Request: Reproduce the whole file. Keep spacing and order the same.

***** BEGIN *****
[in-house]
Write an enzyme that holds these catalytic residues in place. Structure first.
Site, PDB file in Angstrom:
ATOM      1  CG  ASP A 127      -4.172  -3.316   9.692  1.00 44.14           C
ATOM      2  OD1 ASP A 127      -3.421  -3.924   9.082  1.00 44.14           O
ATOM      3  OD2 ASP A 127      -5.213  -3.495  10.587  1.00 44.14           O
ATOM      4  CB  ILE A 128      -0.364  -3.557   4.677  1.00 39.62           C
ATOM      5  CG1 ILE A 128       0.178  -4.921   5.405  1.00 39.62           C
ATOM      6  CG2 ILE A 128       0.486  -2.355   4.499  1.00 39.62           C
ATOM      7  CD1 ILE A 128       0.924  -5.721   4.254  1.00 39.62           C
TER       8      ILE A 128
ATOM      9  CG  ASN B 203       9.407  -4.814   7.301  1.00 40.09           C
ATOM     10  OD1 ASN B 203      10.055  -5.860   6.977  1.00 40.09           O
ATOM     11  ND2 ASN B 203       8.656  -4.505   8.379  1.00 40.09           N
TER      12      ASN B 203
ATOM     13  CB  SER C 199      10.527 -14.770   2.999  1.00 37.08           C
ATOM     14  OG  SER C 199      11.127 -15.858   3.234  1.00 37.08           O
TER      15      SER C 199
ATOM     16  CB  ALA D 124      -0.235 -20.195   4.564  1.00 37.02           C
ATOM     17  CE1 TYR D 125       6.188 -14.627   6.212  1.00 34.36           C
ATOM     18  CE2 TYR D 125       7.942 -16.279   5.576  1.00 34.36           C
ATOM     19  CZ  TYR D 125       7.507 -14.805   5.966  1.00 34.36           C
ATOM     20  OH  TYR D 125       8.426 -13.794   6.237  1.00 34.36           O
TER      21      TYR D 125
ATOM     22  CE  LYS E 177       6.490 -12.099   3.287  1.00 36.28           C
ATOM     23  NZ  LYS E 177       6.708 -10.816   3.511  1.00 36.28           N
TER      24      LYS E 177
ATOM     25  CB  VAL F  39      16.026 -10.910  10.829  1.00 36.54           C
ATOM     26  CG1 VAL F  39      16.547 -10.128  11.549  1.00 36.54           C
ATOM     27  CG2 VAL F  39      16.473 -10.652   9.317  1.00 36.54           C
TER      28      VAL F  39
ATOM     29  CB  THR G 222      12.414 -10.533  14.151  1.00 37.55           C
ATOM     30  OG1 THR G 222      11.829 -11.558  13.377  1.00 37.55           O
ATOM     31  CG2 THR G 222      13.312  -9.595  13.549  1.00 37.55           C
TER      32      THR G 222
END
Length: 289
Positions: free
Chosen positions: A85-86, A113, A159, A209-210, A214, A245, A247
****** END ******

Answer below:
[in-house]
Write an enzyme that holds these catalytic residues in place. Structure first.
Site, PDB file in Angstrom:
ATOM      1  CG  ASP A 127      -4.172  -3.316   9.692  1.00 44.14           C
ATOM      2  OD1 ASP A 127      -3.421  -3.924   9.082  1.00 44.14           O
ATOM      3  OD2 ASP A 127      -5.213  -3.495  10.587  1.00 44.14           O
ATOM      4  CB  ILE A 128      -0.364  -3.557   4.677  1.00 39.62           C
ATOM      5  CG1 ILE A 128       0.178  -4.921   5.405  1.00 39.62           C
ATOM      6  CG2 ILE A 128       0.486  -2.355   4.499  1.00 39.62           C
ATOM      7  CD1 ILE A 128       0.924  -5.721   4.254  1.00 39.62           C
TER       8      ILE A 128
ATOM      9  CG  ASN B 203       9.407  -4.814   7.301  1.00 40.09           C
ATOM     10  OD1 ASN B 203      10.055  -5.860   6.977  1.00 40.09           O
ATOM     11  ND2 ASN B 203       8.656  -4.505   8.379  1.00 40.09           N
TER      12      ASN B 203
ATOM     13  CB  SER C 199      10.527 -14.770   2.999  1.00 37.08           C
ATOM     14  OG  SER C 199      11.127 -15.858   3.234  1.00 37.08           O
TER      15      SER C 199
ATOM     16  CB  ALA D 124      -0.235 -20.195   4.564  1.00 37.02           C
ATOM     17  CE1 TYR D 125       6.188 -14.627   6.212  1.00 34.36           C
ATOM     18  CE2 TYR D 125       7.942 -16.279   5.576  1.00 34.36           C
ATOM     19  CZ  TYR D 125       7.507 -14.805   5.966  1.00 34.36           C
ATOM     20  OH  TYR D 125       8.426 -13.794   6.237  1.00 34.36           O
TER      21      TYR D 125
ATOM     22  CE  LYS E 177       6.490 -12.099   3.287  1.00 36.28           C
ATOM     23  NZ  LYS E 177       6.708 -10.816   3.511  1.00 36.28           N
TER      24      LYS E 177
ATOM     25  CB  VAL F  39      16.026 -10.910  10.829  1.00 36.54           C
ATOM     26  CG1 VAL F  39      16.547 -10.128  11.549  1.00 36.54           C
ATOM     27  CG2 VAL F  39      16.473 -10.652   9.317  1.00 36.54           C
TER      28      VAL F  39
ATOM     29  CB  THR G 222      12.414 -10.533  14.151  1.00 37.55           C
ATOM     30  OG1 THR G 222      11.829 -11.558  13.377  1.00 37.55           O
ATOM     31  CG2 THR G 222      13.312  -9.595  13.549  1.00 37.55           C
TER      32      THR G 222
END
Length: 289
Positions: free
Chosen positions: A85-86, A113, A159, A209-210, A214, A245, A247